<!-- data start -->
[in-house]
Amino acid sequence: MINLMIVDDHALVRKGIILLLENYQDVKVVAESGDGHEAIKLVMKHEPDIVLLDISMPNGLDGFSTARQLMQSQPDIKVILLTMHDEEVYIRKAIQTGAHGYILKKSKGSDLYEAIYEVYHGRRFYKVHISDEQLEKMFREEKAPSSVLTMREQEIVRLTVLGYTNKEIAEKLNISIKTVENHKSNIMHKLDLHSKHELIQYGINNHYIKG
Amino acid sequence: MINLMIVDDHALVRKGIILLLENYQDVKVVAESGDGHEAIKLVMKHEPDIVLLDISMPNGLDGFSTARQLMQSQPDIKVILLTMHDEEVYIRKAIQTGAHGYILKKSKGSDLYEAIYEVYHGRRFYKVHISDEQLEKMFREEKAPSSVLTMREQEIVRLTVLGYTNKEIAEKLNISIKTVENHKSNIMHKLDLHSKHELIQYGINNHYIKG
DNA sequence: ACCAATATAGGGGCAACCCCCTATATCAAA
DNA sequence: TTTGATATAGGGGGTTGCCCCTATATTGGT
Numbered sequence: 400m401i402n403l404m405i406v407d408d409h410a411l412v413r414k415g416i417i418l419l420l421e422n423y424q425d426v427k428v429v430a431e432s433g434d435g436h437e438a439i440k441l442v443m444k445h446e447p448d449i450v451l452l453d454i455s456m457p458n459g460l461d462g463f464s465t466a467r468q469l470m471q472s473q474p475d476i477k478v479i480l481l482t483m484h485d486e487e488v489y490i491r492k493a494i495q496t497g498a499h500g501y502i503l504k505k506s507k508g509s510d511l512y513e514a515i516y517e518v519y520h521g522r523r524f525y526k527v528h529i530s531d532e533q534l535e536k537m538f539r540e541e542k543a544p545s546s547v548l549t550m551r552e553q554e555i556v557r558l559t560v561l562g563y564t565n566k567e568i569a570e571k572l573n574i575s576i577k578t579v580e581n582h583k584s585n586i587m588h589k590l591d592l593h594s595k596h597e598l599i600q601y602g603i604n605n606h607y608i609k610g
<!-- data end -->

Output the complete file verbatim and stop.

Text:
[in-house]
Amino acid sequence: MINLMIVDDHALVRKGIILLLENYQDVKVVAESGDGHEAIKLVMKHEPDIVLLDISMPNGLDGFSTARQLMQSQPDIKVILLTMHDEEVYIRKAIQTGAHGYILKKSKGSDLYEAIYEVYHGRRFYKVHISDEQLEKMFREEKAPSSVLTMREQEIVRLTVLGYTNKEIAEKLNISIKTVENHKSNIMHKLDLHSKHELIQYGINNHYIKG
Amino acid sequence: MINLMIVDDHALVRKGIILLLENYQDVKVVAESGDGHEAIKLVMKHEPDIVLLDISMPNGLDGFSTARQLMQSQPDIKVILLTMHDEEVYIRKAIQTGAHGYILKKSKGSDLYEAIYEVYHGRRFYKVHISDEQLEKMFREEKAPSSVLTMREQEIVRLTVLGYTNKEIAEKLNISIKTVENHKSNIMHKLDLHSKHELIQYGINNHYIKG
DNA sequence: ACCAATATAGGGGCAACCCCCTATATCAAA
DNA sequence: TTTGATATAGGGGGTTGCCCCTATATTGGT
Numbered sequence: 400m401i402n403l404m405i406v407d408d409h410a411l412v413r414k415g416i417i418l419l420l421e422n423y424q425d426v427k428v429v430a431e432s433g434d435g436h437e438a439i440k441l442v443m444k445h446e447p448d449i450v451l452l453d454i455s456m457p458n459g460l461d462g463f464s465t466a467r468q469l470m471q472s473q474p475d476i477k478v479i480l481l482t483m484h485d486e487e488v489y490i491r492k493a494i495q496t497g498a499h500g501y502i503l504k505k506s507k508g509s510d511l512y513e514a515i516y517e518v519y520h521g522r523r524f525y526k527v528h529i530s531d532e533q534l535e536k537m538f539r540e541e542k543a544p545s546s547v548l549t550m551r552e553q554e555i556v557r558l559t560v561l562g563y564t565n566k567e568i569a570e571k572l573n574i575s576i577k578t579v580e581n582h583k584s585n586i587m588h589k590l591d592l593h594s595k596h597e598l599i600q601y602g603i604n605n606h607y608i609k610g